George Randolph was a performance always looking for an audience.
With passions for students, live theatre, and all things Disney, his larger-than-life personality shined through in all that he would do.
The retired Polk State Theatre professor and director died Dec. 13 at the age of 72, leaving behind a legacy of laughter and dedication to his students.
Randolph was born in West Palm Beach on May 28, 1945. He received an Associate in Arts degree from Palm Beach Junior College and bachelor’s and master’s degrees from the University of South Florida.
He was an only child who married once and never had children. He didn’t have close relatives, but his life was rich with relationships he developed at Polk State College.
Randolph started his career at Polk State in 1975, teaching Theatre, Film History, Humanities, and Speech until he retired in 2009 after 34 years of service. He also spent time teaching at USF and Bartow High School.
“His students were his family,” said Shannah Butcher, Randolph’s professional guardian.
Marc Durso, Polk State’s May 2010 Distinguished Alumnus and owner of South Florida acting school ActTrue, recalls Randolph as a professor with boundless energy, inexhaustible ideas, and the highest creative standards.
“He stopped me in the middle of the Polk Community College quad in front of faculty from the Arts department and dared me to audition for the Reader’s Theatre,” Durso said. “Well, what could one do?”
He showed up to audition for the sketch comedy program and has been working in the entertainment industry ever since.
“George expanded our understanding of our own possibilities, pushed us past our beliefs, and past our fears,” Durso said. “He believed in us more than we did – until we did, too.”
“And you knew you were doing a good job when you made George laugh,” he added. “To hear that guffaw from the dark of the theatre meant you were doing alright.”
James Sharp, Polk State’s Theater Technician, called Randolph a taskmaster “who expected you to do your work and do it well.”
“But working with him was always a great experience,” Sharp said. “He managed shows at what was then a small community college with an even smaller budget. He had to be creative. He was a one-man show, producing everything from the scenery to the costumes, and running the box office before show time.”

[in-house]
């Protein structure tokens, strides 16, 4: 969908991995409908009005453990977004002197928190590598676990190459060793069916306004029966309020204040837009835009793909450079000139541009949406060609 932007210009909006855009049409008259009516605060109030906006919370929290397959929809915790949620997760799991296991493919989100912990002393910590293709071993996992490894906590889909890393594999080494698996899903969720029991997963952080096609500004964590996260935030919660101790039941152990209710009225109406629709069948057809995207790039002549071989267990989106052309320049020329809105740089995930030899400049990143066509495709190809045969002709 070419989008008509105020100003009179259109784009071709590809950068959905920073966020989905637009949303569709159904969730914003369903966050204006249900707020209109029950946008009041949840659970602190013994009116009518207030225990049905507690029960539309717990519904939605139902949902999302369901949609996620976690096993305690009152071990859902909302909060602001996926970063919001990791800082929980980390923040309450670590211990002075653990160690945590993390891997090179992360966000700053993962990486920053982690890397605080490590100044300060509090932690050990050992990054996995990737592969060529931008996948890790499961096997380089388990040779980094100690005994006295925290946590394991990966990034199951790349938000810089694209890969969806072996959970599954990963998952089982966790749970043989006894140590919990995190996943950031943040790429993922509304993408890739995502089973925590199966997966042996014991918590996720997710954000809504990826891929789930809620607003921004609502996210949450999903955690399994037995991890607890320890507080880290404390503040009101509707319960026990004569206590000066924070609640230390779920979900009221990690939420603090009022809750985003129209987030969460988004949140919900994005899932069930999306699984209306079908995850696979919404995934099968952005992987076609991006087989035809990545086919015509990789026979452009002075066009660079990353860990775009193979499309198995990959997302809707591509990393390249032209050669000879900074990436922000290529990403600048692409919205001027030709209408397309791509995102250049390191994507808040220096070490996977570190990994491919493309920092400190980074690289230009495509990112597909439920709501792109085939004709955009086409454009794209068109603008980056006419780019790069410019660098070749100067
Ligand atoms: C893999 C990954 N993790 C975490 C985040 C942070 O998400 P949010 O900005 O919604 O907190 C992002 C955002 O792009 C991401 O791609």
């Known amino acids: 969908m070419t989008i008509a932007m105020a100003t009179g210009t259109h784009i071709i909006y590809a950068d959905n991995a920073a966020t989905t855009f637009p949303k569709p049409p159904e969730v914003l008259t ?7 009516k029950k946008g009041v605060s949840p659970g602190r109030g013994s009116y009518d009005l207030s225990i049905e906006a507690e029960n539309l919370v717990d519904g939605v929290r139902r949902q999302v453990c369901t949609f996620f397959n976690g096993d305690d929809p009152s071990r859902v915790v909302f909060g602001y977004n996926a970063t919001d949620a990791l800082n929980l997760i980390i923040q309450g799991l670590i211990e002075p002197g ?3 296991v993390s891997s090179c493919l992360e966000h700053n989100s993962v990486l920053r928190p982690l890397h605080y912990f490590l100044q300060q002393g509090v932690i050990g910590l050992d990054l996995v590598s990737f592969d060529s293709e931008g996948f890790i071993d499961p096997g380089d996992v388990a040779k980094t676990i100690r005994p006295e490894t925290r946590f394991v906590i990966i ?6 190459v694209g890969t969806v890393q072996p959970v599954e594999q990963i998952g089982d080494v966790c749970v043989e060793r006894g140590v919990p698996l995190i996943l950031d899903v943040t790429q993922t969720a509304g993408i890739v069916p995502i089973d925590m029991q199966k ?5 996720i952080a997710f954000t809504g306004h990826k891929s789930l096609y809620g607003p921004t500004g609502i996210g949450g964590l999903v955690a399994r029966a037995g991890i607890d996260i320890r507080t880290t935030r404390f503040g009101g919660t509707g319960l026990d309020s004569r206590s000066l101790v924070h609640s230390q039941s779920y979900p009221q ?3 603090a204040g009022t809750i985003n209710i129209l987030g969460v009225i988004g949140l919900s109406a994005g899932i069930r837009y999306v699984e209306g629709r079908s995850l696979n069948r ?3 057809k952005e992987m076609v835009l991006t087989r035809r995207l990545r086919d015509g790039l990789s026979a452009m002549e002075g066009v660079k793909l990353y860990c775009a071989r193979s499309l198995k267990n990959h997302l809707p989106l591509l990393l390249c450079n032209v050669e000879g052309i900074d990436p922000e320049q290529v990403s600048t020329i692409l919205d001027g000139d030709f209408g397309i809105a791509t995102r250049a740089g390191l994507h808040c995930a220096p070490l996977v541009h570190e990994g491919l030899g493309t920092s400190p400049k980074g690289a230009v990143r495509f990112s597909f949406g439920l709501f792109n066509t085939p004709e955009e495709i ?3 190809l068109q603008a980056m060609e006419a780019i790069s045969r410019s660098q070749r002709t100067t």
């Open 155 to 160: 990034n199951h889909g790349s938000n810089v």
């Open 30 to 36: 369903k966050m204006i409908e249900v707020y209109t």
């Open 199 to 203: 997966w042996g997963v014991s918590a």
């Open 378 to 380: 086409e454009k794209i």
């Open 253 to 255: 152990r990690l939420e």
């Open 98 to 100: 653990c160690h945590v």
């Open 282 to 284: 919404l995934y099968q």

He was also an all-around art intellect and theatre buff.
“He impressed everybody with his knowledge of shows, dates, names, stars,” Sharp said. “He loved live theatre so much that he would camp out on the streets of New York City to see his favorite Broadway shows.”
During Randolph’s tenure, the College put on many productions — from classics including Shakespeare and Greek dramas, to modern shows and comedies.
“George loved comedy,” Sharp said.
Barbara Lloyd, a senior accountant with the College, noted Randolph’s great sense of humor and ability to make everyone laugh.
“He was a performance looking for an audience,” Lloyd said.
And Randolph had an equal love for Disney.
In 1972, a student gifted him a Mickey Mouse candle, sparking a collection of Disney memorabilia that grew and grew with the help of more students.
“Ever since I can remember teaching theatre at Polk Community College, the casts will give me a gift relating to Disney at the cast party after the last night of the theater performance,” Randolph told The Ledger in 1991.
He was featured in the newspaper for his extensive collection, pictured holding a Mickey Mouse phone to his ears in front of shelves filled with Disney figurines, snow globes, mugs, and puppets.
“He was a man full of personality,” Butcher said. “The pictures show it, but it was extra special to know him.”
A small memorial service in honor of Randolph is scheduled for 11 a.m. Thursday, Dec. 21, at the Central Florida Casket Store and Funeral Chapel, 2090 E. Edgewood Drive, Lakeland.
Polk State is planning a memorial service for early next year in conjunction with the continued celebration of the College’s 50 years of theatre. More information will be available soon.
“He dedicated several decades of his life to the theatre. He kept it running longer than any of us have,” Polk State Theatre Program Coordinator Mark Hartfield said. “None of us have put the time in that he did and we want to honor him for his dedication and service.”